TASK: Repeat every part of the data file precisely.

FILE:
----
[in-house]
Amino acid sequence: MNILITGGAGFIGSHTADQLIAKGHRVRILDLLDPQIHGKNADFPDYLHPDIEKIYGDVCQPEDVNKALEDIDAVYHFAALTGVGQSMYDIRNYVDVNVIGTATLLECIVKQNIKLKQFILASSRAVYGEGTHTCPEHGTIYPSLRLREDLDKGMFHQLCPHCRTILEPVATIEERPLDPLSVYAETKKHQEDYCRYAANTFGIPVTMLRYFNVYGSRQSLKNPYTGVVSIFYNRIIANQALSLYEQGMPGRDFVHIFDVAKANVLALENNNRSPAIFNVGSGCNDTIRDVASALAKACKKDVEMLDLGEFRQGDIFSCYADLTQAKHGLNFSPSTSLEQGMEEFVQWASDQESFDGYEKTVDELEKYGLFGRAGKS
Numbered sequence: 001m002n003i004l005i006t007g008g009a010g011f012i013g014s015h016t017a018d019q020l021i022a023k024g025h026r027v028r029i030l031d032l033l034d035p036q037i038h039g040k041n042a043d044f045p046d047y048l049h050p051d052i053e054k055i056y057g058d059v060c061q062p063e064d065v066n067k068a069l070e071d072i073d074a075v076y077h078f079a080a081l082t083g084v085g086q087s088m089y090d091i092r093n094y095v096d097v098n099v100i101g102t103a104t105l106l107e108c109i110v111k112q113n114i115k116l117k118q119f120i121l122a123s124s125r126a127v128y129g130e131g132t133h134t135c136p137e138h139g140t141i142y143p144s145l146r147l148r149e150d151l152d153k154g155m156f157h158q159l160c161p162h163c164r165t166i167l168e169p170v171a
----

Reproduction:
[in-house]
Amino acid sequence: MNILITGGAGFIGSHTADQLIAKGHRVRILDLLDPQIHGKNADFPDYLHPDIEKIYGDVCQPEDVNKALEDIDAVYHFAALTGVGQSMYDIRNYVDVNVIGTATLLECIVKQNIKLKQFILASSRAVYGEGTHTCPEHGTIYPSLRLREDLDKGMFHQLCPHCRTILEPVATIEERPLDPLSVYAETKKHQEDYCRYAANTFGIPVTMLRYFNVYGSRQSLKNPYTGVVSIFYNRIIANQALSLYEQGMPGRDFVHIFDVAKANVLALENNNRSPAIFNVGSGCNDTIRDVASALAKACKKDVEMLDLGEFRQGDIFSCYADLTQAKHGLNFSPSTSLEQGMEEFVQWASDQESFDGYEKTVDELEKYGLFGRAGKS
Numbered sequence: 001m002n003i004l005i006t007g008g009a010g011f012i013g014s015h016t017a018d019q020l021i022a023k024g025h026r027v028r029i030l031d032l033l034d035p036q037i038h039g040k041n042a043d044f045p046d047y048l049h050p051d052i053e054k055i056y057g058d059v060c061q062p063e064d065v066n067k068a069l070e071d072i073d074a075v076y077h078f079a080a081l082t083g084v085g086q087s088m089y090d091i092r093n094y095v096d097v098n099v100i101g102t103a104t105l106l107e108c109i110v111k112q113n114i115k116l117k118q119f120i121l122a123s124s125r126a127v128y129g130e131g132t133h134t135c136p137e138h139g140t141i142y143p144s145l146r147l148r149e150d151l152d153k154g155m156f157h158q159l160c161p162h163c164r165t166i167l168e169p170v171a